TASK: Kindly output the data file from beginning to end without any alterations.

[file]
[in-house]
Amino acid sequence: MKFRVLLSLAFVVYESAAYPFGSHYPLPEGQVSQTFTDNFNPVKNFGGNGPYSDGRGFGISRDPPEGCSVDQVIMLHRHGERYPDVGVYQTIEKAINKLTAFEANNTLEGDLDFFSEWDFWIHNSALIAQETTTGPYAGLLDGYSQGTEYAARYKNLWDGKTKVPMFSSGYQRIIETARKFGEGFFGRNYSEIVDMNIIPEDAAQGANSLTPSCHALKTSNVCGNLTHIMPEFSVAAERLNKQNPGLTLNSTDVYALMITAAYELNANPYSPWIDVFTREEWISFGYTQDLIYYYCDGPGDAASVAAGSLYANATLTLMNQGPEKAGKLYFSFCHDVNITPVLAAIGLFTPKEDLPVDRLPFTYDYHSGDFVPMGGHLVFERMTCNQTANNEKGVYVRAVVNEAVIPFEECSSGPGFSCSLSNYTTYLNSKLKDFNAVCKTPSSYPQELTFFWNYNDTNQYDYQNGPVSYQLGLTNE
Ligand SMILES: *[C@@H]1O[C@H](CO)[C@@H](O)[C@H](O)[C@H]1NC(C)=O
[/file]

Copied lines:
[in-house]
Amino acid sequence: MKFRVLLSLAFVVYESAAYPFGSHYPLPEGQVSQTFTDNFNPVKNFGGNGPYSDGRGFGISRDPPEGCSVDQVIMLHRHGERYPDVGVYQTIEKAINKLTAFEANNTLEGDLDFFSEWDFWIHNSALIAQETTTGPYAGLLDGYSQGTEYAARYKNLWDGKTKVPMFSSGYQRIIETARKFGEGFFGRNYSEIVDMNIIPEDAAQGANSLTPSCHALKTSNVCGNLTHIMPEFSVAAERLNKQNPGLTLNSTDVYALMITAAYELNANPYSPWIDVFTREEWISFGYTQDLIYYYCDGPGDAASVAAGSLYANATLTLMNQGPEKAGKLYFSFCHDVNITPVLAAIGLFTPKEDLPVDRLPFTYDYHSGDFVPMGGHLVFERMTCNQTANNEKGVYVRAVVNEAVIPFEECSSGPGFSCSLSNYTTYLNSKLKDFNAVCKTPSSYPQELTFFWNYNDTNQYDYQNGPVSYQLGLTNE
Ligand SMILES: *[C@@H]1O[C@H](CO)[C@@H](O)[C@H](O)[C@H]1NC(C)=O